Tuesday, November 15, 2011

Vocab Cafe

I was surprised and pleased last month when I learned I had been chosen to review the Vocab Cafe series of books by College Prep Genius.

College Prep Genius is a company whose goal is to prepare students for college. Part of the concept is to prepare them for college testing by expanding their vocabulary.  The Vocab Cafe books are a series of books that deliver SAT vocabulary words incrementally by working them into a short engaging book with a thrilling plot, all the while subtly defining the new words at the bottom of the page as each new word is introduced.  It sounded like a great concept, and I couldn't wait to get a look at them. The books look well made. The covers are attractively laid out. The books range in length from 132 pages to 222 pages. They require absolutely no teacher preparation. The student can benefit just by reading, and glancing at definitions when the words are unfamiliar, but will benefit more by creating 3"x5" cards of new words to become thoroughly familiar with them. Being books, they can be used for all of your students.

In my perusal of the books I did not detect any particular religious leaning. Some fundamental-type families might shy away from the nature of the


Watching this video, I got totally excited about this program and want more, more, more.  Scoring high on SATs is such a racket! It's just one more test that you have to learn how to take. It doesn't actually test the student's knowledge, but rather has ways in which it tries to trick students into selecting the wrong answer. It is supposed to be a test of "logic", but apparently to a large extent it is a test of how well you prepare for it. I want to help my son be prepared for it.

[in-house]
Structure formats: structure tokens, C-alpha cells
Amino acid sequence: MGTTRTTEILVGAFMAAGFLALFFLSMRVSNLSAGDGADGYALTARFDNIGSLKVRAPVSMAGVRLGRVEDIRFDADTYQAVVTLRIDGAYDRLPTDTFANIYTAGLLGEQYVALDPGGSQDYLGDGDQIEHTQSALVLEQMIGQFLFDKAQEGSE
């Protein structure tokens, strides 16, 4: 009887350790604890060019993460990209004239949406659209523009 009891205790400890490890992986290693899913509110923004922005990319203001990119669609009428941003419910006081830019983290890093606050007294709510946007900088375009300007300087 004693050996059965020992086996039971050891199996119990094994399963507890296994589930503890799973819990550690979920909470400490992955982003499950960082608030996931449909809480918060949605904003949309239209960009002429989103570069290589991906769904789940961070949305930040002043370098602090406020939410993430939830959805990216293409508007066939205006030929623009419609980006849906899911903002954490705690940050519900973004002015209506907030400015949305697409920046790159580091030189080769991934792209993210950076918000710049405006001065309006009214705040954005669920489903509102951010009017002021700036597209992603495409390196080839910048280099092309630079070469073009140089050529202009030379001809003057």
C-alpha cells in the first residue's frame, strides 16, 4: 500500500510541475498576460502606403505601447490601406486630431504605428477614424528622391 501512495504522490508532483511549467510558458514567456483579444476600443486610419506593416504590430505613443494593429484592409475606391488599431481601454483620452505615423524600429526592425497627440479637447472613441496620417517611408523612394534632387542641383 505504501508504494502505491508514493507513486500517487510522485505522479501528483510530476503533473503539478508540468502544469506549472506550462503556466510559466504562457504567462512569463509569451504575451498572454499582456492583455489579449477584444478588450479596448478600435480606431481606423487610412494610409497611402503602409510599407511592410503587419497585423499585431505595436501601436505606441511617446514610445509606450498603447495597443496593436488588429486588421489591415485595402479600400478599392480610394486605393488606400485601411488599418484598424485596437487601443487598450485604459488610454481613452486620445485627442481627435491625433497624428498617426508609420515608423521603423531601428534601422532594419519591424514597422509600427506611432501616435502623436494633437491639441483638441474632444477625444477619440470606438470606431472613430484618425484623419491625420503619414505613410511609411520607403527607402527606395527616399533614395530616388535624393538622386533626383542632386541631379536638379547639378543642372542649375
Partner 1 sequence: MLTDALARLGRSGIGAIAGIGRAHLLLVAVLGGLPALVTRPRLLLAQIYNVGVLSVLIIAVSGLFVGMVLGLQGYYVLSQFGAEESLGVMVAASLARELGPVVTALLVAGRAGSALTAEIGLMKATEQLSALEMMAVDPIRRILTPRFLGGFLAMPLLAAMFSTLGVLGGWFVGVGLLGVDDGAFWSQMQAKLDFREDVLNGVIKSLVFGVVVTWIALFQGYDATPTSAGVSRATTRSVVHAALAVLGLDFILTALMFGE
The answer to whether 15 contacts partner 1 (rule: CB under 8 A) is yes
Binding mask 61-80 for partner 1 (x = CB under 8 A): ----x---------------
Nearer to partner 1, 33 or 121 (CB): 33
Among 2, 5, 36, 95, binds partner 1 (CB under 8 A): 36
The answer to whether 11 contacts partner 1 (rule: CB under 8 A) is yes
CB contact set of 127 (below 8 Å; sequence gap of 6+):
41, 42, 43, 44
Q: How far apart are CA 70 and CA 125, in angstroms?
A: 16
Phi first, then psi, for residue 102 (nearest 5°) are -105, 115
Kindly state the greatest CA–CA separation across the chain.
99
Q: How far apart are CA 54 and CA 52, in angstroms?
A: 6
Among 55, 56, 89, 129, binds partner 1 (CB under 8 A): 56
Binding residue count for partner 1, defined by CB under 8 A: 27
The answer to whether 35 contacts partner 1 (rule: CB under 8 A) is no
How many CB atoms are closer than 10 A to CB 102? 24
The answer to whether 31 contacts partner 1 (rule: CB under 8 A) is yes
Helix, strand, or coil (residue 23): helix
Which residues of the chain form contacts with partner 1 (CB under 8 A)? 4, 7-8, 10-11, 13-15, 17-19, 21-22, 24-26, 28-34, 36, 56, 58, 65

I was intrigued to learn that College Prep Genius was developed by a mom, Jean Burk, who had formerly home schooled. Her son, Josh, had scored very well on the SATs as a result of her helping him prepare for it. Josh Burk is actually the author of this Vocab Cafe book series. Jean Burk has assisted others in preparing their students for college as well, and in addition to her printed materials she gives seminars to help folks know how to prepare.

When the set of books actually arrived, I was busy, and so they sat.  I decided I would surreptitiously leave them out where my son would see them, in the hopes that he would be curious, pick one up, read, and give me an opinion.  Didn't happen. Review due date drew nearer. I knew it was time to just jump into the reading on my own.

I received four titles for my review: (in order in picture above) Operation High School, I.M. for Murder, The $ummer of $aint Nick, and Planet Exile.  These books are currently priced at $38.85 for the set of four.   I decided to start with I.M. for Murder because it appealed to me. I was also thinking Planet Exile might appeal to my son, so I didn't want to be tying that one up in case he decided to pick it up to read while I was reading. These books are really for 8th through 12th grades, anyway, and my son is only 6th, so I didn't want to push it.

So, working my way into the story I found myself unsettled, unhappy, eneasy, ...grumpy.  This idea of working the SAT words into a story was a great idea. It really was. I just don't feel it was done well.


·       The words were pushed into the sentences in ways that did not seem natural, did not flow, and were not used in ways the words were commonly used.

·       The definitions were not ringing true with my memory; the words were not being defined the way I thought they should be based on my own understanding.

So, I didn't want to just get annoyed over this when maybe I was the one who was wrong, so I started looking them up.  I found my impressions to be correct, and the books to be ...off.  Here are some examples: